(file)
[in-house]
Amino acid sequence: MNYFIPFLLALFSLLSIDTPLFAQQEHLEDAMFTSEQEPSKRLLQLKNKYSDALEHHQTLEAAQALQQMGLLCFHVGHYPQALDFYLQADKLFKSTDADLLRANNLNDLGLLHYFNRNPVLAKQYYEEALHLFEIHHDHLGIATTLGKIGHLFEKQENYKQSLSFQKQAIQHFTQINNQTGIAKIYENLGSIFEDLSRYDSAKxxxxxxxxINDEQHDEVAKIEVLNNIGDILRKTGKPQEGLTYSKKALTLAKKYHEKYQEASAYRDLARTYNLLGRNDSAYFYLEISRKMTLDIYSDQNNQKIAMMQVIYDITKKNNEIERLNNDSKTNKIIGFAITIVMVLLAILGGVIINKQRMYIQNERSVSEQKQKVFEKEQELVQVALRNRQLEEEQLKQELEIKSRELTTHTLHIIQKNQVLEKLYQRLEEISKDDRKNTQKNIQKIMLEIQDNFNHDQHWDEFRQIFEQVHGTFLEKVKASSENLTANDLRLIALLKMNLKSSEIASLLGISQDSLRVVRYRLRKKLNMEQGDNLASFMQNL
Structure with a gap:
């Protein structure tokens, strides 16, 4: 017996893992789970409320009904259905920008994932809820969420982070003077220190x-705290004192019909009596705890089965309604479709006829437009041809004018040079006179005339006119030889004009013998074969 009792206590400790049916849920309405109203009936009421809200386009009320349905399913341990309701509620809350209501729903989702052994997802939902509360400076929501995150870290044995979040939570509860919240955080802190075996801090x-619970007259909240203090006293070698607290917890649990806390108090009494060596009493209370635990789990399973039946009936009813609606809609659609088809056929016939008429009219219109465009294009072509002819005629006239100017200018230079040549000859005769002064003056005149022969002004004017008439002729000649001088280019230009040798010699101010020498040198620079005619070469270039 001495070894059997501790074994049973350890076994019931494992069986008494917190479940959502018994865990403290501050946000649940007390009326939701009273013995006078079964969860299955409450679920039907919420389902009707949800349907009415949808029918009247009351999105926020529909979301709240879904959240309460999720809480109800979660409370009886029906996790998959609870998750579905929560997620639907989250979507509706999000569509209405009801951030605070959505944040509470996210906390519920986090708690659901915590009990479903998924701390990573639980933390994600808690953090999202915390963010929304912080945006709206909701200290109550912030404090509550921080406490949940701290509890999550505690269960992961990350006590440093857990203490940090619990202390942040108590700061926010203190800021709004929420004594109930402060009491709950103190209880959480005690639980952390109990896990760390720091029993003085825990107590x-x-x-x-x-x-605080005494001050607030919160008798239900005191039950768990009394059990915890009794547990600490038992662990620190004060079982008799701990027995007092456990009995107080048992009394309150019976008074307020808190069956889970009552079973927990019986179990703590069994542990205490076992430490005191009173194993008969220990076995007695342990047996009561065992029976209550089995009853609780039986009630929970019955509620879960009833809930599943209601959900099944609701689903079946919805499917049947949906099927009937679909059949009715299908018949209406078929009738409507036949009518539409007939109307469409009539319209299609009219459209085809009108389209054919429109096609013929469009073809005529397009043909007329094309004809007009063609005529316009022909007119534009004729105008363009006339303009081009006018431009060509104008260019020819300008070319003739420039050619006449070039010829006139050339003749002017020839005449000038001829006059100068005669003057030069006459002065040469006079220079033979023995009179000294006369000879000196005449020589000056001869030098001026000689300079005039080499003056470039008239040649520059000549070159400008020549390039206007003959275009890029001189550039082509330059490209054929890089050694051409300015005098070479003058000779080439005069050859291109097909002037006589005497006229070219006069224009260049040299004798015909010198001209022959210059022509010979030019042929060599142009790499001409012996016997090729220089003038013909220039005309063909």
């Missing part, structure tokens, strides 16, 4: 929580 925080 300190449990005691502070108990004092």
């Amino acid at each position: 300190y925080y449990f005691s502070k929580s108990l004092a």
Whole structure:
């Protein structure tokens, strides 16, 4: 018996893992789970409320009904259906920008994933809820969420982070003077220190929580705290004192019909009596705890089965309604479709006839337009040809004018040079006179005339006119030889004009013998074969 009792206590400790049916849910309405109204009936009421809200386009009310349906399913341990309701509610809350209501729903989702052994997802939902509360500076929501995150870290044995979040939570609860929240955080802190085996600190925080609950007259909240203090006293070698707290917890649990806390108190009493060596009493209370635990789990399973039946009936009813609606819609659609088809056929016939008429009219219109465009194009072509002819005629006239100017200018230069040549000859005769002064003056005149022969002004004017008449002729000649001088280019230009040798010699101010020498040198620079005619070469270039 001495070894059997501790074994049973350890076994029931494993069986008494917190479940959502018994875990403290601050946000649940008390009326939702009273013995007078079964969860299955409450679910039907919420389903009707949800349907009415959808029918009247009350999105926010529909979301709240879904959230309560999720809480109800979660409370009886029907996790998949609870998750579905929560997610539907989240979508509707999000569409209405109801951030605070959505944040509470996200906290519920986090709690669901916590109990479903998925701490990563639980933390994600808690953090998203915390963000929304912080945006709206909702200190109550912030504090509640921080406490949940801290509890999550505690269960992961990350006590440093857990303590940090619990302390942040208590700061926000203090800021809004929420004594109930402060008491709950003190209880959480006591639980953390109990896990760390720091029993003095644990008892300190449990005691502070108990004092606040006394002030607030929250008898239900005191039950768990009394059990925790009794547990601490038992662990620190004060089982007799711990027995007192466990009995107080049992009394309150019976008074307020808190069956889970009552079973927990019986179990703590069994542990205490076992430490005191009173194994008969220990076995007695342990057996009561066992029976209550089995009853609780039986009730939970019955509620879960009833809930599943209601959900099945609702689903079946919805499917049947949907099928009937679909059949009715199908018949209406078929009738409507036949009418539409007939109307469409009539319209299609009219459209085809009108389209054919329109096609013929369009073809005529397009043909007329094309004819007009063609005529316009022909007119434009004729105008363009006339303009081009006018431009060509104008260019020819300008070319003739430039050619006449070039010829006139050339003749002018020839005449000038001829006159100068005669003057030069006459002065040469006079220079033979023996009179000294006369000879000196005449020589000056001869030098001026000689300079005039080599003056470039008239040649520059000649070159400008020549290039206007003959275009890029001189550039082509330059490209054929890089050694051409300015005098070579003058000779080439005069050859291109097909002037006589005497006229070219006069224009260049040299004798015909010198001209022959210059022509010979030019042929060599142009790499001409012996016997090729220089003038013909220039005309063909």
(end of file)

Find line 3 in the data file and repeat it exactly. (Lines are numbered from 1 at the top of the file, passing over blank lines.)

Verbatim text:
Structure with a gap: